Continuing the running series on busting some preconceived notions about greywater, this posting supports the notion of the previous postings focused on dispelling the myth that pirating of greywater from wastewater flows would not cause concerns about the flows within sewers based on this article by R. Penn, M. Schütze, E. Friedler in the Journal of Environmental Management titled "Modelling the effects of on-site greywater reuse and low flush toilets on municipal sewer systems"
Abstract

On-site greywater reuse (GWR) and installation of water-efficient toilets (WET) reduce urban freshwater demand. Research on GWR and WET has generally overlooked the effects that GWR may have on municipal sewer systems. This paper discusses and quantifies these effects. The effects of GWR and WET, positive and negative, were studied by modelling a representative urban sewer system. GWR scenarios were modelled and analysed using the SIMBA simulation system. The results show that, as expected, the flow, velocity and proportional depth decrease as GWR increases. Nevertheless, the reduction is not evenly distributed throughout the day but mainly occurs during the morning and evening peaks. Examination of the effects of reduced toilet flush volumes revealed that in some of the GWR scenarios flows, velocities and proportional depths in the sewer were reduced, while in other GWR scenarios discharge volumes, velocities and proportional depths did not change. Further, it is indicated that as a result of GWR and installation of WET, sewer blockage rates are not expected to increase significantly. The results support the option to construct new sewer systems with smaller pipe diameters. The analysis shows that as the penetration of GWR systems increase, and with the installation of WET, concentrations of pollutants also increase. In GWR scenarios (when toilet flush volume is not reduced) the increase in pollutant concentrations is lower than the proportional reduction of sewage flow. Moreover, the results show that the spatial distribution of houses reusing GW does not significantly affect the parameters examined.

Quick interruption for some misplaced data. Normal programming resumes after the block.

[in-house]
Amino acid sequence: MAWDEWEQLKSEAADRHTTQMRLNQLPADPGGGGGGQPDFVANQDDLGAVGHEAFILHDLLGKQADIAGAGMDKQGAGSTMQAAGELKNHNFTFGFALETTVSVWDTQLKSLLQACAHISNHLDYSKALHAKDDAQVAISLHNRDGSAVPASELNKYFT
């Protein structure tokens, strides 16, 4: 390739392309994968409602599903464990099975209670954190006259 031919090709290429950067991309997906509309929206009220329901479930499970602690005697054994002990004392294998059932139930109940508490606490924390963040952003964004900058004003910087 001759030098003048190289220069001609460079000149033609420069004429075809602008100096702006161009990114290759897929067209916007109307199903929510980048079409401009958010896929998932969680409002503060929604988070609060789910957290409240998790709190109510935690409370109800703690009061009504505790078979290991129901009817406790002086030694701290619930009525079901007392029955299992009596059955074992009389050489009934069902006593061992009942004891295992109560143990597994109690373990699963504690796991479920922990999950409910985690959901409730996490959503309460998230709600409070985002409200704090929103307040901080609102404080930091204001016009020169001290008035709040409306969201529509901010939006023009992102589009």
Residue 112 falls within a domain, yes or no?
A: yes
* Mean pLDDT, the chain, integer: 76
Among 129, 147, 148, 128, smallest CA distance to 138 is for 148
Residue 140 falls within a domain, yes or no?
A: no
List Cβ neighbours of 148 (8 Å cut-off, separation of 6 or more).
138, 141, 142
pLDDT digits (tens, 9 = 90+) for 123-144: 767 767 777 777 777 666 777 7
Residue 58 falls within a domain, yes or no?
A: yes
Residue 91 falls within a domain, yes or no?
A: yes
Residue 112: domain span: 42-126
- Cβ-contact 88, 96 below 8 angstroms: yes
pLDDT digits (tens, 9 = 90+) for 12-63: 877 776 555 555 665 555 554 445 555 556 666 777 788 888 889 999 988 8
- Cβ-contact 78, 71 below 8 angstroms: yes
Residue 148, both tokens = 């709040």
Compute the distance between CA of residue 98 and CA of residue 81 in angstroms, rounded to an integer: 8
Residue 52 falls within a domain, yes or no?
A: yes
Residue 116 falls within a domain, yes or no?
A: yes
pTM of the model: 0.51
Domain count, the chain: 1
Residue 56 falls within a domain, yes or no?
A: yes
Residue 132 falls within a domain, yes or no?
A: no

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Myth is, after all, the neverending story.